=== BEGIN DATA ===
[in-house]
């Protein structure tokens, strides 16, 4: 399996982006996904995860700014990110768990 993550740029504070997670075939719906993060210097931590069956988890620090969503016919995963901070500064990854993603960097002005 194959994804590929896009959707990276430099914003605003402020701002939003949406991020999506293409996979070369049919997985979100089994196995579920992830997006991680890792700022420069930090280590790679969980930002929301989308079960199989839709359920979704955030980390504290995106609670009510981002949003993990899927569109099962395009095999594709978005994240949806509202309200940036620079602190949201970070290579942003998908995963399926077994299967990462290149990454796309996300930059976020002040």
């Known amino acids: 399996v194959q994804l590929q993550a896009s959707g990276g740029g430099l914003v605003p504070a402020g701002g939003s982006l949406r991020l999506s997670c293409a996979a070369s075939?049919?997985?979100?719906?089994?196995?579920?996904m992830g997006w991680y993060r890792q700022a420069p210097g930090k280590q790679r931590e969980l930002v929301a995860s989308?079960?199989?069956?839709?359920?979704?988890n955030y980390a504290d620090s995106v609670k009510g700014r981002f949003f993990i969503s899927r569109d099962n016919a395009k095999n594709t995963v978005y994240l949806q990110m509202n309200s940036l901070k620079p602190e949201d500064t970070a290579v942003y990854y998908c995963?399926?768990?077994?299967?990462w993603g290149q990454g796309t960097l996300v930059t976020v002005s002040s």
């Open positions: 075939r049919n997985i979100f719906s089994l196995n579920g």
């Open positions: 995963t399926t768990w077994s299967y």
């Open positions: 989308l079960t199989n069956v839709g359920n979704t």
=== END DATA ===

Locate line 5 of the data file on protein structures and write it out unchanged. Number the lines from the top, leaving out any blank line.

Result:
């Open positions: 995963t399926t768990w077994s299967y």